Student flat parties: 5 steps to success

A partygoer at a St Regulus flat party. Photo: Freya Coursey

Flat parties are a routine occurrence for the students of St Andrews. The lack of nightclubs (save the Lizard) and the newfound freedom of independent living mean that these gatherings are a popular and inexpensive way to socialize. Herewith, The Saint’s guide to hosting a cheap and successful flat party.

A partygoer at a St Regulus flat party. Photo: Freya Coursey
A partygoer at a St Regulus flat party.
Photo: Freya Coursey

1. Consult your calendars

Get everyone in your flat together and decide on a date when you’re all free to host a party. Arranging it just before exams or important deadlines is probably ill advised. It also means everyone else will be too busy setting up camp in the library to attend. Make sure you warn your neighbours you are planning to hold a social gathering, especially if you live in a residential area with families and pensioners. If they are prepared for the inevitable commotion that a student party creates, they are less likely to lodge a complaint. You should also check your tenancy agreement. If your landlord has forbidden house parties and finds out that you’ve breached the conditions of your lease, you could find yourself in hot water.

2. Log onto Facebook

In the age of social media, creating a Facebook event is the quickest way to let people know you are hosting a flat party. Be realistic about how many people you can invite. If you live in a poky two bedroom flat where there is barely space to swing a cat, chances are you are not going to manage to cram 150 bodies into your living room. Those who invite huge numbers of people are often overly optimistic about the size of their house or fear everyone will decline the invitation. It can be a challenge to second-guess how many will turn up on the night, but Facebook generally gives you the ability to estimate roughly. I would advise against making a flat party a ‘public’ event. Everyone by now has heard the horror stories of house parties where a thousand people have turned up and wreaked havoc because the event has gone viral. This may be a worst-case scenario, but it is something to bear in mind.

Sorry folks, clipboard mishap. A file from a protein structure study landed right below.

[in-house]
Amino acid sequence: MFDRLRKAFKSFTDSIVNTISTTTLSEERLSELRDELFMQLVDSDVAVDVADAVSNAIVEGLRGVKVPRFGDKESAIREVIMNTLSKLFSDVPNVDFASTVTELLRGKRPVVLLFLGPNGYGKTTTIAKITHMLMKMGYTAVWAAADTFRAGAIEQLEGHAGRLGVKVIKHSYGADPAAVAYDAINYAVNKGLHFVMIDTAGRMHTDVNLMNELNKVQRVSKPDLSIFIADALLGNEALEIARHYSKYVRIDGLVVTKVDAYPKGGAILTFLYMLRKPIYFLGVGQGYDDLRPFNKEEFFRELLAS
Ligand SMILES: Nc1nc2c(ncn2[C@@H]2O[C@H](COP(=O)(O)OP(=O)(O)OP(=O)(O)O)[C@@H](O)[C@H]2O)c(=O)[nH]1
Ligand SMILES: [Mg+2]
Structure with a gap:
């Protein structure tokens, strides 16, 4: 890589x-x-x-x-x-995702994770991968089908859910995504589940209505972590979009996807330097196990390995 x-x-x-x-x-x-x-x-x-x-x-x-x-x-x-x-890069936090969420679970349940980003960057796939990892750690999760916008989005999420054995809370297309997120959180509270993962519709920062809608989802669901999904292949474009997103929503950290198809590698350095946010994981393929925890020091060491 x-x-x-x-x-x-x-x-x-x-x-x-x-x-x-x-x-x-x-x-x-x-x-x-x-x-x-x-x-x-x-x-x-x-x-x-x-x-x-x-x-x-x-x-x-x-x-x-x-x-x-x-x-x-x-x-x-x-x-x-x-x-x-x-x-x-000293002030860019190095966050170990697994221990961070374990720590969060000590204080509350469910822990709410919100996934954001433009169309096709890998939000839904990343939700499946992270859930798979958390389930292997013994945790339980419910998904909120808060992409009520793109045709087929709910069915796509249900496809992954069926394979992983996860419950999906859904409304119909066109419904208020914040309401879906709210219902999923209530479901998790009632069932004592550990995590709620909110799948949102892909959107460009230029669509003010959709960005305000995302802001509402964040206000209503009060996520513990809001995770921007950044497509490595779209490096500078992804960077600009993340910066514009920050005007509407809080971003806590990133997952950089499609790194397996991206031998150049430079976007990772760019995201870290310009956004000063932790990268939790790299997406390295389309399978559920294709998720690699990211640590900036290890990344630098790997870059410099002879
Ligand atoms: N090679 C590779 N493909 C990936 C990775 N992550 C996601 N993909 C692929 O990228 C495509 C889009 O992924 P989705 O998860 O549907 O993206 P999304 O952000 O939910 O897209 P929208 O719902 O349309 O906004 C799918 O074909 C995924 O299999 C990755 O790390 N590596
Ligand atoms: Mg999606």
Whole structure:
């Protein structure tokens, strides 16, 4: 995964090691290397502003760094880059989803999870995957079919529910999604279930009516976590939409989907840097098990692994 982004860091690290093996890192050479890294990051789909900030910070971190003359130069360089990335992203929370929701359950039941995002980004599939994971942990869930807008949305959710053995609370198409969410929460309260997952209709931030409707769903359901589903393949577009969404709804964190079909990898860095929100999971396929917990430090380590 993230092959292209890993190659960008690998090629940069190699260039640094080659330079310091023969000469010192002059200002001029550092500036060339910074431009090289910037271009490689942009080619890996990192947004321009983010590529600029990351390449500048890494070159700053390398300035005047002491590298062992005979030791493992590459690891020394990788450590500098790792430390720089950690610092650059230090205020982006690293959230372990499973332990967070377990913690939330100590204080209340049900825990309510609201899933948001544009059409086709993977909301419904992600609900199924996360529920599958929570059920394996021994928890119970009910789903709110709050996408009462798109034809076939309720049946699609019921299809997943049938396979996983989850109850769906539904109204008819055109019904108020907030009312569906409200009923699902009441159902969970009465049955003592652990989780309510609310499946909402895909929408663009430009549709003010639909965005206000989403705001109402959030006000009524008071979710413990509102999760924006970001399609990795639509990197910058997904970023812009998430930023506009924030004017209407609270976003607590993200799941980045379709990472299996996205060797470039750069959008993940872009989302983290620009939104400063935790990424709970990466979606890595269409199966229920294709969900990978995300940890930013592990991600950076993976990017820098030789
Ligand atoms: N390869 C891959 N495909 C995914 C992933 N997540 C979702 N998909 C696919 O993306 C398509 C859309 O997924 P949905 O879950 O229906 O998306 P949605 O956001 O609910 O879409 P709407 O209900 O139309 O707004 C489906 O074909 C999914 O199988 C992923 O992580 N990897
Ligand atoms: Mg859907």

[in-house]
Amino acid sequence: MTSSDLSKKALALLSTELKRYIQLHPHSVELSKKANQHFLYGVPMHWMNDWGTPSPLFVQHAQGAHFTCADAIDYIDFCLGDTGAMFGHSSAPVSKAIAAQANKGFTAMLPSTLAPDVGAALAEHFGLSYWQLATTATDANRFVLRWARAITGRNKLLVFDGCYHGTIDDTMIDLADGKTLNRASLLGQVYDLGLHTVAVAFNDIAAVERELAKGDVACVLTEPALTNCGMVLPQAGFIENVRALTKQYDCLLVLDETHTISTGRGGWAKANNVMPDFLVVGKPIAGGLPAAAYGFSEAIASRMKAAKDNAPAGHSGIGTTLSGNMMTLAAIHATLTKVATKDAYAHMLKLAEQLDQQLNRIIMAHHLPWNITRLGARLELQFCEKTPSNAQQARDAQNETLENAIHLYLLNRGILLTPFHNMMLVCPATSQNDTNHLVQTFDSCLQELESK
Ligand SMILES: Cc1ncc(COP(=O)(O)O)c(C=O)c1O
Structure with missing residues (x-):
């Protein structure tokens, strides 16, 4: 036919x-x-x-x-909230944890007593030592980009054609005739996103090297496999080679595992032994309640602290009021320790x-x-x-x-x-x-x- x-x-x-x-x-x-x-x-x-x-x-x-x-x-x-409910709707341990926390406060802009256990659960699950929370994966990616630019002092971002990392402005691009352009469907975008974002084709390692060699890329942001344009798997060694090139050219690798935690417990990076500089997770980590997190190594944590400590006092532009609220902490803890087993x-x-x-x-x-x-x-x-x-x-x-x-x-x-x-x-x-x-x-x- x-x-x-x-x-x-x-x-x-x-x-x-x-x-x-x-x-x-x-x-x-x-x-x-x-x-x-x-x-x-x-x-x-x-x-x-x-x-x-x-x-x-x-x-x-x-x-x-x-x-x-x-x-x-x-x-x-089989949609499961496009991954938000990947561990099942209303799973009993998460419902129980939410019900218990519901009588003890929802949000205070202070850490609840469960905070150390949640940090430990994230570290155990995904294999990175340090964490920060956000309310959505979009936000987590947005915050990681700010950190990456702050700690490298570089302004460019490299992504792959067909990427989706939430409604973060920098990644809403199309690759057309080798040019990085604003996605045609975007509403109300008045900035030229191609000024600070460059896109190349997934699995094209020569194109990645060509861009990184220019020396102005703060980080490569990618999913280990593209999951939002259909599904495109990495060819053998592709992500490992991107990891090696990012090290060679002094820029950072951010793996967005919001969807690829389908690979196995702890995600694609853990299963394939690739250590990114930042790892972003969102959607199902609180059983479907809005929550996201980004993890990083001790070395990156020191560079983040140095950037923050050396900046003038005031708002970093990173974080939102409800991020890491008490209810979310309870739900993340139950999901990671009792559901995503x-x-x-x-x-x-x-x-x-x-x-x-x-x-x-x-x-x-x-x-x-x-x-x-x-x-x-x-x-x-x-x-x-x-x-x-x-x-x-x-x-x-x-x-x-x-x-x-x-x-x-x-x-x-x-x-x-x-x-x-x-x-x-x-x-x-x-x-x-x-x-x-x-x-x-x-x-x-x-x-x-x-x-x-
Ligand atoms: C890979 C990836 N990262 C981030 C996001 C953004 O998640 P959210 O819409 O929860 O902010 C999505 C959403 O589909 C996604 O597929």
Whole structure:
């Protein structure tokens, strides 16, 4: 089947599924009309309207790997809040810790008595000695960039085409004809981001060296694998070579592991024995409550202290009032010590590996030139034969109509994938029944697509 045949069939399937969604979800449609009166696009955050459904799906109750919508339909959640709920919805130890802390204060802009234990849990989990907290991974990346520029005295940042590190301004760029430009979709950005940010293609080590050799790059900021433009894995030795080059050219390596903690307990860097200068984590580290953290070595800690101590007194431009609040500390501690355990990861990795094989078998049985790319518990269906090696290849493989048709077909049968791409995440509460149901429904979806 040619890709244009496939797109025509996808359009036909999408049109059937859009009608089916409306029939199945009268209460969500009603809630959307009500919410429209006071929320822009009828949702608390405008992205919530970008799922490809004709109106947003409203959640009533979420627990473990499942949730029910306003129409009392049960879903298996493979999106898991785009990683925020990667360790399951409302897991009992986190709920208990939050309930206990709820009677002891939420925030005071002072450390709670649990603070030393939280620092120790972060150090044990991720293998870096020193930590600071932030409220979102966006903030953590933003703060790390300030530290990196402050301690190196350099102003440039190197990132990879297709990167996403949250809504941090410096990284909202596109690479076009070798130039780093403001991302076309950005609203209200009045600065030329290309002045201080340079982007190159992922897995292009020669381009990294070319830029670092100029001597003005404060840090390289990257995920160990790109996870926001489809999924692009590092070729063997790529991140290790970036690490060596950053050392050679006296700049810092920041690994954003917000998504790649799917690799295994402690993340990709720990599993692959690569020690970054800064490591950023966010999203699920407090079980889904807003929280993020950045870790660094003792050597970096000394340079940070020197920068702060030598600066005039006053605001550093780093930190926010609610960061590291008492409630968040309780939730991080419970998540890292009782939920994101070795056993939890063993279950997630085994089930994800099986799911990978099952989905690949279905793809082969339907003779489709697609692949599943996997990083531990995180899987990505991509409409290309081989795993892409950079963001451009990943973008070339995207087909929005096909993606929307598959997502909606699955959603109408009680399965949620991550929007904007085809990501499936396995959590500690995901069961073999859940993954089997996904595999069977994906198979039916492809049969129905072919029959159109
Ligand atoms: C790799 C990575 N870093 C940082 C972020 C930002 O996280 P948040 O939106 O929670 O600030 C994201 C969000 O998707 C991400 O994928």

3. Keep refreshments simple

To ensure you still have enough of your student loan left over to eat for the rest of the month, tell everyone the party is BYOB. Providing mixers for drinks is cheap and convenient for attendees. Fruit punches (Jungle Juice) are always a crowd-pleaser. Combining supermarket brand vodka, lemonade and fruit juice seems a fail-safe formula. Adding chopped fruit and serving it from a mixing bowl with a ladle suggests it is rather more exotic than it really is. Buying disposable plastic cups would be sensible. There seems to be a chronic shortage of glassware (which is all too easy to smash) in student abodes, and people inevitably forget to bring their own vessels. Crisps and nibbles are always speedily devoured – but avoid the temptation to gobble them all before everyone arrives.

4. Dust the cobwebs off those cleaning products

Yes, that means attempting to make the place seem somewhat presentable! Washing up the plate that no one has claimed to be his or hers for the past fortnight, cracking out the temperamental old hoover, and blitzing the bathroom with bleach is a good place to start. Try to keep clutter to a minimum so everyone will be able to fit comfortably into your flat. Fragile possessions – televisions, musical instruments, ornamental china vases – would be best put to bed in a cupboard for the night. Sticking a sign on the bathroom door means it is less likely that people will stumble into your bedroom by mistake. Making a playlist of recognisable, upbeat songs can help alleviate the occasional awkwardness of the first half hour. Keeping the music at a sensible level means people have a better chance of hearing each other over the general din, and it decreases the risk of disgruntled neighbors.

5. And on the day of…

Remind everyone that the party is happening. If you live in an obscure location (whether down a dark alley or up several flights of stairs), make sure you give clear instructions on how to find your house or flat. It is unlikely that the neighbours will be best pleased with confused students repeatedly ringing their doorbell at midnight. If it really is off the beaten track, it might help to send out a search party to round up anyone circling an adjacent street like a lost sheep. Provide a mobile number or two on the Facebook event so people can ring you if necessary. Elect a willing flatmate who is happy to stay sober and keep on the alert for the night, should anything go wrong. And most crucially, remember to enjoy yourself!

When the night has drawn to a close and the last of the revellers have departed, the final task is to sweep up the fast-accumulated debris, which has been inevitably left behind. However, you’d be forgiven for delaying that particular undertaking until the morning.


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